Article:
The following is copied from a note I posted on Facebook on Friday, November 11, 2011 at 5:43pm. I doubt that it has won me any friends at the SCIAA (the South Carolina Institute of Archaeology & Anthropology), but I think the truth needs to be told.
I have been discovering shipwrecks for over 50 years. My first major discovery was that of the wreck of the Civil War steamer Georgiana. See http://www.searesearchsociety.com/2010/09/shipwreck-1863-georgiana/.
It took approximately 45 years from when I first discovered (and reported) the wrecks of the Georgiana and Mary Bowers for any state official to even visit the wreck site. It is my understanding that archaeologists from SCIAA finally dove on it in 2010 (but just one trip, said they encountered near zero visibility, and haven’t been back).
The deep draft, iron hulled, propeller steamer Georgiana was built in 1862/63 and was sunk in 1863 while attempting to run past the blockade into Charleston. While most contemporary and post war accounts referred to the Georgiana as more powerful than the armed steamers Alabama, Shenandoah and Florida and/or as the “most powerful Confederate cruiser,” other accounts indicate she was simply a merchant vessel. So there was/is much to learn from her archaeological study. She carried a cargo of munitions, merchandise and medicines and her destruction was considered of vital importance by U.S. Secretary of War Gideon Welles. Her official owner was George Alfred Trenholm (later Treasurer of the Confederacy and the man Margaret Mitchell used as the basis for her fictional blockade runner captain Rhett Butler in “Gone With The Wind”).
The shallow draft sidewheel steamer Mary Bowers was built in 1863 and wrecked in 1864 when she literally ran over and stranded herself on top of the previous wreck of the Georgiana. Unlike the Georgiana, the Mary Bowers was built specifically for the purpose of running the blockade.
The two distinct types of ships, built and lost within a very tight time period gives a unique opportunity for study and comparison and may allow us to solve lingering questions unanswered in historical records. In other words, the site is important both archaeologically and historically.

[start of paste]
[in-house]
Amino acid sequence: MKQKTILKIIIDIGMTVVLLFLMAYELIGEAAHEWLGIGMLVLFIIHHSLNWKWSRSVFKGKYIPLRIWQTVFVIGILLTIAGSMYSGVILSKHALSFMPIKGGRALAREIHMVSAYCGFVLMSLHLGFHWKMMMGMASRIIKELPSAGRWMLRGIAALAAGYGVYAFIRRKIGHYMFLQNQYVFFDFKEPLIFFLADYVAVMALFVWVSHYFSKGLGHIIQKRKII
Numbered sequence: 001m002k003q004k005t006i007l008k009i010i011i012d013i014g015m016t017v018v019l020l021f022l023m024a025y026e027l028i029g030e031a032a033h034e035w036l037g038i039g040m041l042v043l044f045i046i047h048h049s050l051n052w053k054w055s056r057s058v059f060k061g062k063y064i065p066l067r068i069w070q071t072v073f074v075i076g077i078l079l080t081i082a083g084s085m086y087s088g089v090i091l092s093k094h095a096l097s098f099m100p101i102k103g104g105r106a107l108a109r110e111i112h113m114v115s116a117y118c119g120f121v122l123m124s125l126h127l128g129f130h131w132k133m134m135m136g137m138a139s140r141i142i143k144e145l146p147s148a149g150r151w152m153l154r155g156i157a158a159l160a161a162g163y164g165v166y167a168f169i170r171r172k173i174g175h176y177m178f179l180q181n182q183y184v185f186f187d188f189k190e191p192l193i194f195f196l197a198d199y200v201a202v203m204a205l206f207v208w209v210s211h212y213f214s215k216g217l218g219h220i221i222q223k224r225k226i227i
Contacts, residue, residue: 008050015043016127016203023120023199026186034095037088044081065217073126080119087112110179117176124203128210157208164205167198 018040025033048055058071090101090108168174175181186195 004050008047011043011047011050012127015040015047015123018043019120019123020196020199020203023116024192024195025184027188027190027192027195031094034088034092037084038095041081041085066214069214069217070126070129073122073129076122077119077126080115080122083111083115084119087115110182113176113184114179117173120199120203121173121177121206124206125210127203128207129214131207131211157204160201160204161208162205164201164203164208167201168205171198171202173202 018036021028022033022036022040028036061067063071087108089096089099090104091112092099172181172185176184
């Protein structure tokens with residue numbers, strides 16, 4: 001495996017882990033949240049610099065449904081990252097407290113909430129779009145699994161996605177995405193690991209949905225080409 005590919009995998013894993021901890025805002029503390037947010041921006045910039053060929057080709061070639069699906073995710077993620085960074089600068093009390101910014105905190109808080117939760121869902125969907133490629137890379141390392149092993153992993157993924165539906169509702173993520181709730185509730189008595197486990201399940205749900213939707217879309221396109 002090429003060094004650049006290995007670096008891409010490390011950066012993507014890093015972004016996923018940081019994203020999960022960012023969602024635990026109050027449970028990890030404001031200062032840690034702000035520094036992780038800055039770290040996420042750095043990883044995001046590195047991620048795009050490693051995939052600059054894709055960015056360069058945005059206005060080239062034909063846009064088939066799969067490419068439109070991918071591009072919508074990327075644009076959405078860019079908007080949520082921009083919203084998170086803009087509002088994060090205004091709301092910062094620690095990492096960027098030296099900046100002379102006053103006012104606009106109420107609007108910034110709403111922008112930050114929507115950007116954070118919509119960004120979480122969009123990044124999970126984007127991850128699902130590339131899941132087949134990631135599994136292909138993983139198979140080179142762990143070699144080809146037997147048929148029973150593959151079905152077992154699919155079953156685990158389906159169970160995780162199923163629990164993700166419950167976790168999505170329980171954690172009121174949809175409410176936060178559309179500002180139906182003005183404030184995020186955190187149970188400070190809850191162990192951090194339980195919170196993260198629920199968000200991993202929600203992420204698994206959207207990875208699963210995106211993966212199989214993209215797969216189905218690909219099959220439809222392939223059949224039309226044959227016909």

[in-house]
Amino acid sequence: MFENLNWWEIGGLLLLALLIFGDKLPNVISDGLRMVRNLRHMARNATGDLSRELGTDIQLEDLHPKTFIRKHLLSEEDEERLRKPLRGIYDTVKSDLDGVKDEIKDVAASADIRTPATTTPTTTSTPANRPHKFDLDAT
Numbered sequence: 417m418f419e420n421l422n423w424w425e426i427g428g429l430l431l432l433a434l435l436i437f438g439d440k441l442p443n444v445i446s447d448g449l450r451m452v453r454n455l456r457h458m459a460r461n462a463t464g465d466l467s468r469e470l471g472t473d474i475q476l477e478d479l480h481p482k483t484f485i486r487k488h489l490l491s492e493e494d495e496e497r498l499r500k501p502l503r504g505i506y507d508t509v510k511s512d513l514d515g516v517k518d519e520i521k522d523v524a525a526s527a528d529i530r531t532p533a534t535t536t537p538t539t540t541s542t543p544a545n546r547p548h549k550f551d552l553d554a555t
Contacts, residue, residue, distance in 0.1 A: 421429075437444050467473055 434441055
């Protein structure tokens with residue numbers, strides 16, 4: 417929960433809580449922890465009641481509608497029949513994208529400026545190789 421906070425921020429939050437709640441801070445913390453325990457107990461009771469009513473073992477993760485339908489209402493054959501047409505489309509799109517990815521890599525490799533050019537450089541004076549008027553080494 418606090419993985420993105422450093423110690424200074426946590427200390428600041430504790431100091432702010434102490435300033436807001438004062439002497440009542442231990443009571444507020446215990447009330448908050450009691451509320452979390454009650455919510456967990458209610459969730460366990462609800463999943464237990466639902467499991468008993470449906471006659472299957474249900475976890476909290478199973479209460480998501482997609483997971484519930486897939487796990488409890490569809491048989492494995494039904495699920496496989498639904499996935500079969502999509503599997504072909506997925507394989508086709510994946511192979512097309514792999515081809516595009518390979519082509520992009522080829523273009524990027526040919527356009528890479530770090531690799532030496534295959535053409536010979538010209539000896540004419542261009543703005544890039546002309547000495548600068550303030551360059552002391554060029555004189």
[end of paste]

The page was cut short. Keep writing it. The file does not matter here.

I personally find the state’s (really SCIAA’s) 45 years of delay in checking out the site incomprehensible. I honestly don’t know if the delay was caused by lack of leadership, or by incompetence, or by petty politics, or by petty rivalry and not wanting to recognize the importance of the discovery. But all that aside, in reality SCIAA still hasn’t checked it out. Less than one day’s diving in near zero visibility simply doesn’t do it.
The wreck has suffered major damages from storms and trawlers in the intervening years between when I discovered it (in 1965) and the present and, except for the pioneering underwater archaeology that I did on it in the 1960s and ’70s at private expense, it has not been studied. I did present a paper on my work (titled Underwater Archeology on the “Georgiana”) before the International Conference on Underwater Archeology/15th Annual Conference on Historic Site Archeology, Charleston, SC, 1974, but SCIAA was the sponsor of that year’s conference and the conference papers weren’t published that year.
My question, is how long do we (meaning the public) have to wait for SCIAA to do its job? What about the other wrecks that I discovered and reported to SCIAA, but could never obtain a permit to do any work on them (and thus didn’t). When will the time be right for SCIAA to properly study these wrecks or at least allow their privately funded investigation (with reasonable rules and regulations to protect important archaeological data)? I ask because the Georgiana and many other wrecks are being rapidly destroyed by natural causes (storms, oxidation, electrolytic action, abrasion, dispersal, etc.) and man (primarily damage from trawling).
How long do you think we should wait? How long can we wait? Should the people who cause or allow such delays keep their jobs? I would truly like to hear your opinion.